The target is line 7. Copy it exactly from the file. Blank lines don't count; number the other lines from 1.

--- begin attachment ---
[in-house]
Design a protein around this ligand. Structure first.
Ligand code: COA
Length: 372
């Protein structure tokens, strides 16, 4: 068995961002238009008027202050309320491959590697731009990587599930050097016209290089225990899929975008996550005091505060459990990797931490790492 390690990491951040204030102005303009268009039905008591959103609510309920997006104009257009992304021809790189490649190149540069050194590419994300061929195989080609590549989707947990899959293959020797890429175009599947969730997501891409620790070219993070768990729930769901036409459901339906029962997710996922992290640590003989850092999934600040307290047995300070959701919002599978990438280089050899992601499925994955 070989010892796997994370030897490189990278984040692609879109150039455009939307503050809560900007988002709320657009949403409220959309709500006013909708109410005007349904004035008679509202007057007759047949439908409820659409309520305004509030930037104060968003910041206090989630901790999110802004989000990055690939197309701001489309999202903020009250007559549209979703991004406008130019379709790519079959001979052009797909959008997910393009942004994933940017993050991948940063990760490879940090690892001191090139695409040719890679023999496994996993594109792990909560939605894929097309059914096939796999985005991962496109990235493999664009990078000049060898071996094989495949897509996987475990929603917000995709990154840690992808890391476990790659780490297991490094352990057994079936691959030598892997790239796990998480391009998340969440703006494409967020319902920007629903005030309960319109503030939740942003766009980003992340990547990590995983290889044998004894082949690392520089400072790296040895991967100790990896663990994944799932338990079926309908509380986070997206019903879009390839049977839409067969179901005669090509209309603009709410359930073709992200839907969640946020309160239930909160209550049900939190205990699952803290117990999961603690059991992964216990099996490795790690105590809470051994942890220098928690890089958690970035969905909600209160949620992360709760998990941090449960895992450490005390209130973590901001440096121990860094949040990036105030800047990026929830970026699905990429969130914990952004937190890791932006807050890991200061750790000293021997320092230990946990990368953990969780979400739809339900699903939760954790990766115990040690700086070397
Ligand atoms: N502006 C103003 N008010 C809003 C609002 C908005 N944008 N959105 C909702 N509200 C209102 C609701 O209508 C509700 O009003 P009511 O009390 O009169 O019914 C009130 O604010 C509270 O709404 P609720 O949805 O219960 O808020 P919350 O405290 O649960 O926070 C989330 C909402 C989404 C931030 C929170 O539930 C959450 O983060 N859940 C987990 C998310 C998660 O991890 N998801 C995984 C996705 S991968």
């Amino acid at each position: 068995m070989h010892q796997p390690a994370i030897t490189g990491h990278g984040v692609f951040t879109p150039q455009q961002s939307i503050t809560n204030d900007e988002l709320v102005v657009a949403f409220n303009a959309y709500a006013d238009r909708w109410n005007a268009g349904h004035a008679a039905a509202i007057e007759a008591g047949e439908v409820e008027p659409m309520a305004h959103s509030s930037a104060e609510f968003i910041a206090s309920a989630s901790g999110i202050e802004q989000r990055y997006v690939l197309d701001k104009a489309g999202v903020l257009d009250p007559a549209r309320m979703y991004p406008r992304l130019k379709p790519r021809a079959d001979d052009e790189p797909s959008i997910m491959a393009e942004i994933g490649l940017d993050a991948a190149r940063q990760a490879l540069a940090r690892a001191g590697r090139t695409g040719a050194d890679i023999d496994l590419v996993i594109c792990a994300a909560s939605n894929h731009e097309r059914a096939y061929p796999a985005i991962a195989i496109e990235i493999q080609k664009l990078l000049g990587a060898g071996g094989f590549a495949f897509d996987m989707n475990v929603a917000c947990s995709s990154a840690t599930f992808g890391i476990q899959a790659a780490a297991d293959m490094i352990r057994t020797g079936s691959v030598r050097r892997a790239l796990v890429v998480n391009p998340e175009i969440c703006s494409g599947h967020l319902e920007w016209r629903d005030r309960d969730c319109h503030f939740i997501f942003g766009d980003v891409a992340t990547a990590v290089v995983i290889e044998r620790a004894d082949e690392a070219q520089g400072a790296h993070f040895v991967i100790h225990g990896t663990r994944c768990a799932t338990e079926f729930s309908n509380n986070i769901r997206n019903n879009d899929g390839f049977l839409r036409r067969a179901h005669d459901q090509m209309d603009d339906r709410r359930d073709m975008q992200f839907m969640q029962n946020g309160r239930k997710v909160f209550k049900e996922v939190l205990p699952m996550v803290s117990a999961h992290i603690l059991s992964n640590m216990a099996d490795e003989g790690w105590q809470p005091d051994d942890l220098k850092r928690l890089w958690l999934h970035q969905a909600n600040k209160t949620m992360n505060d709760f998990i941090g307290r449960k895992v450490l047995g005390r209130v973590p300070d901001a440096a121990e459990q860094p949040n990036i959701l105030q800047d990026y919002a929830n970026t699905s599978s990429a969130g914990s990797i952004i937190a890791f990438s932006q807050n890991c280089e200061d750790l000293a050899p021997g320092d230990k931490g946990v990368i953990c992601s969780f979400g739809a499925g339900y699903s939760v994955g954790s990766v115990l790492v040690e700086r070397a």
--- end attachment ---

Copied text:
């Amino acid at each position: 068995m070989h010892q796997p390690a994370i030897t490189g990491h990278g984040v692609f951040t879109p150039q455009q961002s939307i503050t809560n204030d900007e988002l709320v102005v657009a949403f409220n303009a959309y709500a006013d238009r909708w109410n005007a268009g349904h004035a008679a039905a509202i007057e007759a008591g047949e439908v409820e008027p659409m309520a305004h959103s509030s930037a104060e609510f968003i910041a206090s309920a989630s901790g999110i202050e802004q989000r990055y997006v690939l197309d701001k104009a489309g999202v903020l257009d009250p007559a549209r309320m979703y991004p406008r992304l130019k379709p790519r021809a079959d001979d052009e790189p797909s959008i997910m491959a393009e942004i994933g490649l940017d993050a991948a190149r940063q990760a490879l540069a940090r690892a001191g590697r090139t695409g040719a050194d890679i023999d496994l590419v996993i594109c792990a994300a909560s939605n894929h731009e097309r059914a096939y061929p796999a985005i991962a195989i496109e990235i493999q080609k664009l990078l000049g990587a060898g071996g094989f590549a495949f897509d996987m989707n475990v929603a917000c947990s995709s990154a840690t599930f992808g890391i476990q899959a790659a780490a297991d293959m490094i352990r057994t020797g079936s691959v030598r050097r892997a790239l796990v890429v998480n391009p998340e175009i969440c703006s494409g599947h967020l319902e920007w016209r629903d005030r309960d969730c319109h503030f939740i997501f942003g766009d980003v891409a992340t990547a990590v290089v995983i290889e044998r620790a004894d082949e690392a070219q520089g400072a790296h993070f040895v991967i100790h225990g990896t663990r994944c768990a799932t338990e079926f729930s309908n509380n986070i769901r997206n019903n879009d899929g390839f049977l839409r036409r067969a179901h005669d459901q090509m209309d603009d339906r709410r359930d073709m975008q992200f839907m969640q029962n946020g309160r239930k997710v909160f209550k049900e996922v939190l205990p699952m996550v803290s117990a999961h992290i603690l059991s992964n640590m216990a099996d490795e003989g790690w105590q809470p005091d051994d942890l220098k850092r928690l890089w958690l999934h970035q969905a909600n600040k209160t949620m992360n505060d709760f998990i941090g307290r449960k895992v450490l047995g005390r209130v973590p300070d901001a440096a121990e459990q860094p949040n990036i959701l105030q800047d990026y919002a929830n970026t699905s599978s990429a969130g914990s990797i952004i937190a890791f990438s932006q807050n890991c280089e200061d750790l000293a050899p021997g320092d230990k931490g946990v990368i953990c992601s969780f979400g739809a499925g339900y699903s939760v994955g954790s990766v115990l790492v040690e700086r070397a």